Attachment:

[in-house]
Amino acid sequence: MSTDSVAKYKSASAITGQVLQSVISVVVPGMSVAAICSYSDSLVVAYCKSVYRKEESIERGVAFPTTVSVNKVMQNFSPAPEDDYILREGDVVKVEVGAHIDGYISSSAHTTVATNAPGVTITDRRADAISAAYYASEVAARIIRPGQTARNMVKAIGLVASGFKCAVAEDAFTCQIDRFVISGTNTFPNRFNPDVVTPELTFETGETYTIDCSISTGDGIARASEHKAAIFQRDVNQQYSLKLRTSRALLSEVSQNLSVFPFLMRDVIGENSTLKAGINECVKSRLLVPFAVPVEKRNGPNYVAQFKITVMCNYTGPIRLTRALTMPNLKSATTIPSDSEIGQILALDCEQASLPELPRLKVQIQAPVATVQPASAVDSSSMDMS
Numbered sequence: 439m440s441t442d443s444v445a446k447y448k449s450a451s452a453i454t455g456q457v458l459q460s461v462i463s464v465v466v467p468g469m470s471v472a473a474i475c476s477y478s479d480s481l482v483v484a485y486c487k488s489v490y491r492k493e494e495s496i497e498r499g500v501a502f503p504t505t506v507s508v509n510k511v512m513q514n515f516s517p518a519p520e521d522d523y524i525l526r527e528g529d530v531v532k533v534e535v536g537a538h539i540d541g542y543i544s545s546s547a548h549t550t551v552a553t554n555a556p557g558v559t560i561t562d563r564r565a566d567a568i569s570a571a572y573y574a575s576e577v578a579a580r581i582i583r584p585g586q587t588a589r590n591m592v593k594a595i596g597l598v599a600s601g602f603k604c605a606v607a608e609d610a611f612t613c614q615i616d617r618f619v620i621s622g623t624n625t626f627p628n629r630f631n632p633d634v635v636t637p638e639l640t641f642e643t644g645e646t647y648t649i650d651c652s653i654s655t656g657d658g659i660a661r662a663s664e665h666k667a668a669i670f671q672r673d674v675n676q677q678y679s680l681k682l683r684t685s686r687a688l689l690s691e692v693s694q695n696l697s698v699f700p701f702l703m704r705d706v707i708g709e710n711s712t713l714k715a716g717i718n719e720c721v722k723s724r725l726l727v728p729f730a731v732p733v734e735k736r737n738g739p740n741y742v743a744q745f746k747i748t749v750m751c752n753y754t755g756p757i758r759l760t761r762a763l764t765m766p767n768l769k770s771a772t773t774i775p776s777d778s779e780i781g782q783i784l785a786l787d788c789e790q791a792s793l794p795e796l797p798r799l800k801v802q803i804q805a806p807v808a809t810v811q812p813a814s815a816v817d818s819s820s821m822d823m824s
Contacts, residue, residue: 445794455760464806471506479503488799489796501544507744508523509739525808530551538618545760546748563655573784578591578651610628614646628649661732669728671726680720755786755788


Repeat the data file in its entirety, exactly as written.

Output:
[in-house]
Amino acid sequence: MSTDSVAKYKSASAITGQVLQSVISVVVPGMSVAAICSYSDSLVVAYCKSVYRKEESIERGVAFPTTVSVNKVMQNFSPAPEDDYILREGDVVKVEVGAHIDGYISSSAHTTVATNAPGVTITDRRADAISAAYYASEVAARIIRPGQTARNMVKAIGLVASGFKCAVAEDAFTCQIDRFVISGTNTFPNRFNPDVVTPELTFETGETYTIDCSISTGDGIARASEHKAAIFQRDVNQQYSLKLRTSRALLSEVSQNLSVFPFLMRDVIGENSTLKAGINECVKSRLLVPFAVPVEKRNGPNYVAQFKITVMCNYTGPIRLTRALTMPNLKSATTIPSDSEIGQILALDCEQASLPELPRLKVQIQAPVATVQPASAVDSSSMDMS
Numbered sequence: 439m440s441t442d443s444v445a446k447y448k449s450a451s452a453i454t455g456q457v458l459q460s461v462i463s464v465v466v467p468g469m470s471v472a473a474i475c476s477y478s479d480s481l482v483v484a485y486c487k488s489v490y491r492k493e494e495s496i497e498r499g500v501a502f503p504t505t506v507s508v509n510k511v512m513q514n515f516s517p518a519p520e521d522d523y524i525l526r527e528g529d530v531v532k533v534e535v536g537a538h539i540d541g542y543i544s545s546s547a548h549t550t551v552a553t554n555a556p557g558v559t560i561t562d563r564r565a566d567a568i569s570a571a572y573y574a575s576e577v578a579a580r581i582i583r584p585g586q587t588a589r590n591m592v593k594a595i596g597l598v599a600s601g602f603k604c605a606v607a608e609d610a611f612t613c614q615i616d617r618f619v620i621s622g623t624n625t626f627p628n629r630f631n632p633d634v635v636t637p638e639l640t641f642e643t644g645e646t647y648t649i650d651c652s653i654s655t656g657d658g659i660a661r662a663s664e665h666k667a668a669i670f671q672r673d674v675n676q677q678y679s680l681k682l683r684t685s686r687a688l689l690s691e692v693s694q695n696l697s698v699f700p701f702l703m704r705d706v707i708g709e710n711s712t713l714k715a716g717i718n719e720c721v722k723s724r725l726l727v728p729f730a731v732p733v734e735k736r737n738g739p740n741y742v743a744q745f746k747i748t749v750m751c752n753y754t755g756p757i758r759l760t761r762a763l764t765m766p767n768l769k770s771a772t773t774i775p776s777d778s779e780i781g782q783i784l785a786l787d788c789e790q791a792s793l794p795e796l797p798r799l800k801v802q803i804q805a806p807v808a809t810v811q812p813a814s815a816v817d818s819s820s821m822d823m824s
Contacts, residue, residue: 445794455760464806471506479503488799489796501544507744508523509739525808530551538618545760546748563655573784578591578651610628614646628649661732669728671726680720755786755788